I don’t feel as equipped to make the medicine or cook the food. Growing food felt like a way to give back to my family and community in a way that is in step with my nature.
For my partner, he’s a chef, what is natural for him is to cook the food and share the food with others. Other people in my life know how to make plant medicine. That is amazing, and I like to grow and gather plants for them.
In this way I am part of the community.
I would love to work on a farm where we are growing food that we know is going directly into the community to people who need it the most.
I think that ideally farmers and farm laborers should be treated as public servants.
Farms should be operated for the community to eat food.
What has driven me to do this work is seeing how messed our food system is.
The way it is so centralized now has created community vulnerability.
I would love to be part of a farming system where the farm is producing food free for the community and farm laborers are being paid a consistent livable wage that doesn’t fall on the farm owners back.
We all live under the same system and we can see how things are right now – bootstrap individualism… I’m going to make my living off of other people’s work.
This mindset is the one that has dominated for so long.
The truth is, it can’t continue.
If we don’t make the shift ourselves, we will inevitably be forced into it.
I would like to see our food system make that shift with intention, while we still have time.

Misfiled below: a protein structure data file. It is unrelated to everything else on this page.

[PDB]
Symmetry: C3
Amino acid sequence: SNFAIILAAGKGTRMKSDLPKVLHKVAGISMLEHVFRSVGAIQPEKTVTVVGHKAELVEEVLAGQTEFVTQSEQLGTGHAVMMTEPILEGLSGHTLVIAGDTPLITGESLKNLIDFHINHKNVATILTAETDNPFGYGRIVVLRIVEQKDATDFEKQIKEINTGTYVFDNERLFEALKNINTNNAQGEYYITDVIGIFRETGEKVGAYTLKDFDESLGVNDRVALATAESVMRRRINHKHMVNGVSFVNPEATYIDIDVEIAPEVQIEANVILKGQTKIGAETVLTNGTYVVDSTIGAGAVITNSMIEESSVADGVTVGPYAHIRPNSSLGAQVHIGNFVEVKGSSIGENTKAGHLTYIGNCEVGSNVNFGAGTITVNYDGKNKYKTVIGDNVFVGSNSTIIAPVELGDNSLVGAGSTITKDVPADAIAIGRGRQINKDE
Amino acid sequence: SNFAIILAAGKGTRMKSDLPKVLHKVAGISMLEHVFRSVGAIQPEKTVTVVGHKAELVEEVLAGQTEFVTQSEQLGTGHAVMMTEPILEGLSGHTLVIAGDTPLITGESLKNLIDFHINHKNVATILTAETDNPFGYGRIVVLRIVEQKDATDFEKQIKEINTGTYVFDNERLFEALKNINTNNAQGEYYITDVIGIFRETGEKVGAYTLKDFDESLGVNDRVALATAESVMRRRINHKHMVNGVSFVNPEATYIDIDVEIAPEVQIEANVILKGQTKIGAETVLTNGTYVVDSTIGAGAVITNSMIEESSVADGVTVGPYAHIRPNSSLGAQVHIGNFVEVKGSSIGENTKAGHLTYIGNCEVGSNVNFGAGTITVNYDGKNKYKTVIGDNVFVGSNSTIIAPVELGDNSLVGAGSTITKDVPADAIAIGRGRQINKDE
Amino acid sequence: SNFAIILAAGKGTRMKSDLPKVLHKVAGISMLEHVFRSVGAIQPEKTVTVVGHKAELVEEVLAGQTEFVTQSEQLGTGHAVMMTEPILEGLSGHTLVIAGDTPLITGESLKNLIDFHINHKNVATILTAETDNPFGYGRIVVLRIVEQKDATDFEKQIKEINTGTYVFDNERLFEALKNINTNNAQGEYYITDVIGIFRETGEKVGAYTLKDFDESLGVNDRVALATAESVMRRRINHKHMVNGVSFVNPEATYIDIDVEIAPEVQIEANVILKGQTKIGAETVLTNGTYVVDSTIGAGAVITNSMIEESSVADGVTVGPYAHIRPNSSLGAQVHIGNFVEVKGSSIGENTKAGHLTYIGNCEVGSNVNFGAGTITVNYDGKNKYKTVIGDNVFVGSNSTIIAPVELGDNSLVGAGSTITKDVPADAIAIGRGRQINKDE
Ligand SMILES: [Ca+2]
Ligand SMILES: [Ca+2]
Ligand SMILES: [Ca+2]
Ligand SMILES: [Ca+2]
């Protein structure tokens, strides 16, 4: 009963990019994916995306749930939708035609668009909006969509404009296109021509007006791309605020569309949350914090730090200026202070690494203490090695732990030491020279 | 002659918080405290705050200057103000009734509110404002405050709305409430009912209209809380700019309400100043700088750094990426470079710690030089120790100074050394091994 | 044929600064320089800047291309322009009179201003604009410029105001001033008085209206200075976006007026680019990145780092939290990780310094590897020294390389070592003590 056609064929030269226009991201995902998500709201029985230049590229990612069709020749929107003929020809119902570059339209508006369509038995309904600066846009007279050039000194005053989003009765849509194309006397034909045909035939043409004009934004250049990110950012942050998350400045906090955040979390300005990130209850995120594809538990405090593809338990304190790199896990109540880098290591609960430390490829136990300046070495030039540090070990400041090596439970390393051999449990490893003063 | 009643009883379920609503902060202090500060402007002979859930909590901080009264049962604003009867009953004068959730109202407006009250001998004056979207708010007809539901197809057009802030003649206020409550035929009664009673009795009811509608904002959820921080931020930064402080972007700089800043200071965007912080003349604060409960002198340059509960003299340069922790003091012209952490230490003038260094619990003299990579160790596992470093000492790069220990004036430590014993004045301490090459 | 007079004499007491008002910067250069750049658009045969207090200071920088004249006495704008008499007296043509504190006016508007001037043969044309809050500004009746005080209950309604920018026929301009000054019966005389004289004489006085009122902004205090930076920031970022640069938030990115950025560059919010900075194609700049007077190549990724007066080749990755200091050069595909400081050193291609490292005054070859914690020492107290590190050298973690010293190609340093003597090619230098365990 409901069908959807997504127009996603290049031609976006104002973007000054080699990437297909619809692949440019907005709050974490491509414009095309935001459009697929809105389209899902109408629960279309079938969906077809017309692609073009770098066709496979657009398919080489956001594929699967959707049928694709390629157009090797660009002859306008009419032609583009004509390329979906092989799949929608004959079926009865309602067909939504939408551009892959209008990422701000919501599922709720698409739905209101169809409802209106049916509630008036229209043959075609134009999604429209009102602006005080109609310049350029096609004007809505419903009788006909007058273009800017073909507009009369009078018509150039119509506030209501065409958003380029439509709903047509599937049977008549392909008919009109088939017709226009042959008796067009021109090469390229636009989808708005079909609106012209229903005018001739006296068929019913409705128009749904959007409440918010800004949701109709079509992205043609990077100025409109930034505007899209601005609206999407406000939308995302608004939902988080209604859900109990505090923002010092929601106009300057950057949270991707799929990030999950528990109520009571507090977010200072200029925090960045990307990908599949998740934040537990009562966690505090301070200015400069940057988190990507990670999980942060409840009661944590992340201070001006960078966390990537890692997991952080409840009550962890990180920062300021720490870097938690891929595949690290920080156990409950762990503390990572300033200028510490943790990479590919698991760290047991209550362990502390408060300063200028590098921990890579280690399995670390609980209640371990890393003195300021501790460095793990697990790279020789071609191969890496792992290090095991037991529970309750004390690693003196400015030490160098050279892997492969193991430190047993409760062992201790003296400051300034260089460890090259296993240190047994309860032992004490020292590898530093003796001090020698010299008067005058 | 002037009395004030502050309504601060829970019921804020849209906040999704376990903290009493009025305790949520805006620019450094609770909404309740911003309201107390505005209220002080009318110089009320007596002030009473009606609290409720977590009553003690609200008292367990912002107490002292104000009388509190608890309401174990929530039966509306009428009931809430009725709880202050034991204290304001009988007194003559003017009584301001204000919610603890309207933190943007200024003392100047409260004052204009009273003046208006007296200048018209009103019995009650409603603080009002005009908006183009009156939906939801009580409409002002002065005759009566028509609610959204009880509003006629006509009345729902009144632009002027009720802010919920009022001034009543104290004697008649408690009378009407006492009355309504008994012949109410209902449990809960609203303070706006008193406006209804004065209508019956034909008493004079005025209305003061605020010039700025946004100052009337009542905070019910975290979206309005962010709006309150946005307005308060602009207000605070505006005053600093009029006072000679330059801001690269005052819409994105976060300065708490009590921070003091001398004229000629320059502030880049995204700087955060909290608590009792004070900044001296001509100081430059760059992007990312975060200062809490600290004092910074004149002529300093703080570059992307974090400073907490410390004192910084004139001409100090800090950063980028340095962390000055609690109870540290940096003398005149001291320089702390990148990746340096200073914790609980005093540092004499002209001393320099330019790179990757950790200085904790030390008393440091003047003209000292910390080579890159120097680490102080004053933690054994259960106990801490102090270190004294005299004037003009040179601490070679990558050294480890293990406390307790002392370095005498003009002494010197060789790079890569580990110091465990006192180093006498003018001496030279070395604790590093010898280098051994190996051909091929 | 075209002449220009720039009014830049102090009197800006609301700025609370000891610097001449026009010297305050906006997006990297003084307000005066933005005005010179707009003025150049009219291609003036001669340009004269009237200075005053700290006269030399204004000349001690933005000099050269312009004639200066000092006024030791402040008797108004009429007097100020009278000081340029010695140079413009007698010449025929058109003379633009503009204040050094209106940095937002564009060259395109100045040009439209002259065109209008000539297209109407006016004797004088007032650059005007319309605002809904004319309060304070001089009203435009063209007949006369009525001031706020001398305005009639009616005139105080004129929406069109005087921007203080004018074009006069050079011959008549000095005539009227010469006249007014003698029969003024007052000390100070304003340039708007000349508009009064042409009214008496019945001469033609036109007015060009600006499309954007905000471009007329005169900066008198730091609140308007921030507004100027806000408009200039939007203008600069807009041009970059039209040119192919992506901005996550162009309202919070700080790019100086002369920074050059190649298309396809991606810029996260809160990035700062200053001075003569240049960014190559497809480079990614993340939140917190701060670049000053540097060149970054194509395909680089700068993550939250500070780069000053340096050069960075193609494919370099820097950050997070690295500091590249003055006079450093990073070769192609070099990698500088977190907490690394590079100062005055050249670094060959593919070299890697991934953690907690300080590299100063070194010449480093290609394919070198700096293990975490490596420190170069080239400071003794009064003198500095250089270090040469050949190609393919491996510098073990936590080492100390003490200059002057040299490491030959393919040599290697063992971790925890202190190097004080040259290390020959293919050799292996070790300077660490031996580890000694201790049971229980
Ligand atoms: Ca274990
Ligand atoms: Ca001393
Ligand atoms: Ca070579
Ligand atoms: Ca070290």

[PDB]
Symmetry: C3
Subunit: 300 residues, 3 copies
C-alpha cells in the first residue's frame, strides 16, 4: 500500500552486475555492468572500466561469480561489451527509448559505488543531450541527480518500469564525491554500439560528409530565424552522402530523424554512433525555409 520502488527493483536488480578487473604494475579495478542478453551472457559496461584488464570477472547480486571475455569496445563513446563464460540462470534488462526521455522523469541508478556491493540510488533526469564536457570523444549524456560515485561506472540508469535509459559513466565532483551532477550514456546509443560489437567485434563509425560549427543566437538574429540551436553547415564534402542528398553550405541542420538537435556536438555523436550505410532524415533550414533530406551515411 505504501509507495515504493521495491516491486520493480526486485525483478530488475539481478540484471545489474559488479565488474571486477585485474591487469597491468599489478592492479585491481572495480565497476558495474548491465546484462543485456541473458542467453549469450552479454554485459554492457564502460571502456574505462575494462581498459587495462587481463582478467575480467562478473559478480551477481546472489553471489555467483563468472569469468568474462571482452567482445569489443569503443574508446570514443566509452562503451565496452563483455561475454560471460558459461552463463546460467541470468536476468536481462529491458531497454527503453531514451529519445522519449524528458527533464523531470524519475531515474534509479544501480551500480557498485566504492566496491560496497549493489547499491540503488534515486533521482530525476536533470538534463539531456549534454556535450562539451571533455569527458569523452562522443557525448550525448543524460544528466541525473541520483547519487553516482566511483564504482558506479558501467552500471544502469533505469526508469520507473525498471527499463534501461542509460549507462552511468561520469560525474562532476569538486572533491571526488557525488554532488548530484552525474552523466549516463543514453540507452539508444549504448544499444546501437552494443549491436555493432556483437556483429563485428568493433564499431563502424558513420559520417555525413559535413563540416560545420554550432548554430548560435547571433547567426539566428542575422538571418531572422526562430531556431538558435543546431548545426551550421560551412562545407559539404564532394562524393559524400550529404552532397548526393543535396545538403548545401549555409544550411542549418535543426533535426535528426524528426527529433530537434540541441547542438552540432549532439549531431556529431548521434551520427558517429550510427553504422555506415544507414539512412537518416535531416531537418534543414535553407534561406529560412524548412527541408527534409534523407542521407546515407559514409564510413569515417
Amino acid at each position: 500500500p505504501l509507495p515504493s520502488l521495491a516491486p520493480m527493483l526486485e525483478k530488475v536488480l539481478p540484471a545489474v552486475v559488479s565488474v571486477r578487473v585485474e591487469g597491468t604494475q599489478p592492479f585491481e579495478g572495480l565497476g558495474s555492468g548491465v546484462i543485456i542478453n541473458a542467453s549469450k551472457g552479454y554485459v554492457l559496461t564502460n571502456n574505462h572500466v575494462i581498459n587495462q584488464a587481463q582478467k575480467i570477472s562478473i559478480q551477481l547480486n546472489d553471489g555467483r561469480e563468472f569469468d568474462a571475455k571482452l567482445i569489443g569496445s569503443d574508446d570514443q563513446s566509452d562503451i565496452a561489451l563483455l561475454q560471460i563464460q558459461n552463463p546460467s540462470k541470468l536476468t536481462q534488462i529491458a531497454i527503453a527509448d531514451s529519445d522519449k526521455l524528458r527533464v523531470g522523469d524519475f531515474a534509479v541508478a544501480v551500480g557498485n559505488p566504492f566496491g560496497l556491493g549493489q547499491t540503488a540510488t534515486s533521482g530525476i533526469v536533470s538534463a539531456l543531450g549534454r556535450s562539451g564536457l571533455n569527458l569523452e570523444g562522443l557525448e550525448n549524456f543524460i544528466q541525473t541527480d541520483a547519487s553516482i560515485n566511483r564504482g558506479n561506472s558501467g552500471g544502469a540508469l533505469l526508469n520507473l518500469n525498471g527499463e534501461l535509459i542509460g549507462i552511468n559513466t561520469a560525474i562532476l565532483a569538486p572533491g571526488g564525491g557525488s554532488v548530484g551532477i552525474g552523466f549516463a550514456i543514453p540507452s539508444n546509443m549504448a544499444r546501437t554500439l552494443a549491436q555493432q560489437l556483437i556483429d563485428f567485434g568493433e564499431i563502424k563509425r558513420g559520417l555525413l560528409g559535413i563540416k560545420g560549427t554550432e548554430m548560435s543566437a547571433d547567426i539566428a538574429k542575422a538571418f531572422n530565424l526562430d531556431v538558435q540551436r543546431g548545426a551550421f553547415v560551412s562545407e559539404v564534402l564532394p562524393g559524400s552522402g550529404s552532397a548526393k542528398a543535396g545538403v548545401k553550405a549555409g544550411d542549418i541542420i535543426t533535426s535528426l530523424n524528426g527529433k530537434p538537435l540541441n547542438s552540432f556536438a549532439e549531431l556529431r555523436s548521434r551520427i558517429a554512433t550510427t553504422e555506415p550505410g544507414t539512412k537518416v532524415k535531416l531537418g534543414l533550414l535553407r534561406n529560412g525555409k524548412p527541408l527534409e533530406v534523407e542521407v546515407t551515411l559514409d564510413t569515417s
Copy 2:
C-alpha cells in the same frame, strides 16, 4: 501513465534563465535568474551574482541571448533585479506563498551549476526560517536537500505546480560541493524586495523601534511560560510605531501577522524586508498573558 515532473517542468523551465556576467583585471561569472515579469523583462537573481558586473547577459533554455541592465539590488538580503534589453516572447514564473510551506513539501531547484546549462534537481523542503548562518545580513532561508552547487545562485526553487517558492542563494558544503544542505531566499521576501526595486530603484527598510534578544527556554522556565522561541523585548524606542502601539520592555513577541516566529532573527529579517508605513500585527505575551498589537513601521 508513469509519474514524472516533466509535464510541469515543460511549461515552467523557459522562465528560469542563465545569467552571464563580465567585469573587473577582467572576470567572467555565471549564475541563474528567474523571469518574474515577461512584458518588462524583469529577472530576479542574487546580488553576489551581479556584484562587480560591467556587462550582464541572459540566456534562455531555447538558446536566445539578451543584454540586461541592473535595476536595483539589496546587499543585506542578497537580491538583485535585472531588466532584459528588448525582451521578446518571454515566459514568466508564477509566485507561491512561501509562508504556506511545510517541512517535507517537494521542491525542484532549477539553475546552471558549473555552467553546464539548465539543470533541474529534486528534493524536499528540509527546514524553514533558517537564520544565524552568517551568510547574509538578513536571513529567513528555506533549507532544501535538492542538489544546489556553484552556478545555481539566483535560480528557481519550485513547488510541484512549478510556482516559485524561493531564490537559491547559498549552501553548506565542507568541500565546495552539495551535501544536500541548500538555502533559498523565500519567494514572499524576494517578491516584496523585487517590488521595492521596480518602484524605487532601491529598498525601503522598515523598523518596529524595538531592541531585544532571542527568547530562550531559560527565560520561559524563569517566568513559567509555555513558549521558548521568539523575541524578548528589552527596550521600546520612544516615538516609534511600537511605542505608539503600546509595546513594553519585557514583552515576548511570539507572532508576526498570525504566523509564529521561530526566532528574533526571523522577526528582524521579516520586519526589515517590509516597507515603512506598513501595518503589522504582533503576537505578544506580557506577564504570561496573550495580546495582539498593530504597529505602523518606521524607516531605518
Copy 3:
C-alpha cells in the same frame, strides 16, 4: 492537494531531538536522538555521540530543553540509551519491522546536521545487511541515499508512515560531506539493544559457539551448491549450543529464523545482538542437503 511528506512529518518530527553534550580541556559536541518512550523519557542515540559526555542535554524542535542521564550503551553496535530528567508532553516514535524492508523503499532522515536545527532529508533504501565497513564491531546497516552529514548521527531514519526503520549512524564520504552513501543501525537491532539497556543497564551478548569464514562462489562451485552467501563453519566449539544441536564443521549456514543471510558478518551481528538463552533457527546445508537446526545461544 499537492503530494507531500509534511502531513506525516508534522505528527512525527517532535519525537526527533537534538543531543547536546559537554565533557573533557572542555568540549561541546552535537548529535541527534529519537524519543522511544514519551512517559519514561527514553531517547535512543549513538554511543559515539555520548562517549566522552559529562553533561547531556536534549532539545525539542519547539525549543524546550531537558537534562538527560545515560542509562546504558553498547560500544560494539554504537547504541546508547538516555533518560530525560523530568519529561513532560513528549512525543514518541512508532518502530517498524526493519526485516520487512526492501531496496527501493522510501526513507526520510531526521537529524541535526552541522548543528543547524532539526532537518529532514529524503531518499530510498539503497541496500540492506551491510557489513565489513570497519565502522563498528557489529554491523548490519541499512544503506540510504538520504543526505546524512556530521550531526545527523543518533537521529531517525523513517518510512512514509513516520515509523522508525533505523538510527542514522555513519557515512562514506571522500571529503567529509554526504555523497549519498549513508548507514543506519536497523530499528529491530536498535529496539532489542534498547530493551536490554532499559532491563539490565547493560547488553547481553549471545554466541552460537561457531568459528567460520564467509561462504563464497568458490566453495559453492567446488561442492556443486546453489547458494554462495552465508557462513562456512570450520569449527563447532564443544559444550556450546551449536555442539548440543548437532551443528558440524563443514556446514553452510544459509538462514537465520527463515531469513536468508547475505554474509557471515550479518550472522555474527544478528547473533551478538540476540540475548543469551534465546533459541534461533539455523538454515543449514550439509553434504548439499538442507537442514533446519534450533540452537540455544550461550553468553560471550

I made a friend in Lawrence, Kansas. He runs a publicly funded farm project called the Unsuspended Food Project (his farm is called Maseualkualli Farms).
He’s giving the produce away and people are paying him after the fact for the value of the produce.
He put forth to the county a proposal for a People’s Century Farm. The government would set aside money to fund the labor to produce food for the community. If we reprioritized funds, it would be far more affordable and humane than our current system.
It’s my dream, but I also don’t know how feasible it is within the dominant culture.
Sometimes farm owners say they want staff to work in a more managerial way, but aren’t actually willing to relinquish control.
If you’re saying you want a wash/pack manager, you have to let the person manage the wash/pack.
Or saying, “It would be really nice to have someone stay on as manager,” when the truth is, any time they had to let go of control, it was a battle and there was resistance.
You can’t ask employees to take more responsibility and then refuse to give them more responsibility.
That is an issue that I’ve run into more than once.
It’s also frustrating when the expectation is that everyone should be working as hard as the hardest worker, and often the hardest worker is the farm owner.
I have worked with people who will work without breaking.
I’ve also worked for an 80 year old who took lots of breaks, so I’ve seen both sides.
I’ve worked for women who worked through lunch and did not take breaks. There was this expectation that we not take breaks either and it created this resentful environment where we were hiding our needs and taking care of them on the side. If we got caught taking a break, there would be this feedback that we were burdening others by being lazy or the idea that “I’m paying you to work, not stand there.”
It was only ever the farm owner who carried that perspective. The laborers always had each other’s back. We know we worked hard and deserve a time to take a break.
This attitude of working without breaks was especially difficult for me.
I am a chronically ill, chronically underweight farmer. I fatigue easier than most of my colleagues. I require more frequent meals and more rest overall than the average person.
I don’t resent my illness or living with physical limitations, but I did resent working in places where the expectation was to work so diligently that we abuse our bodies and neglect our human needs.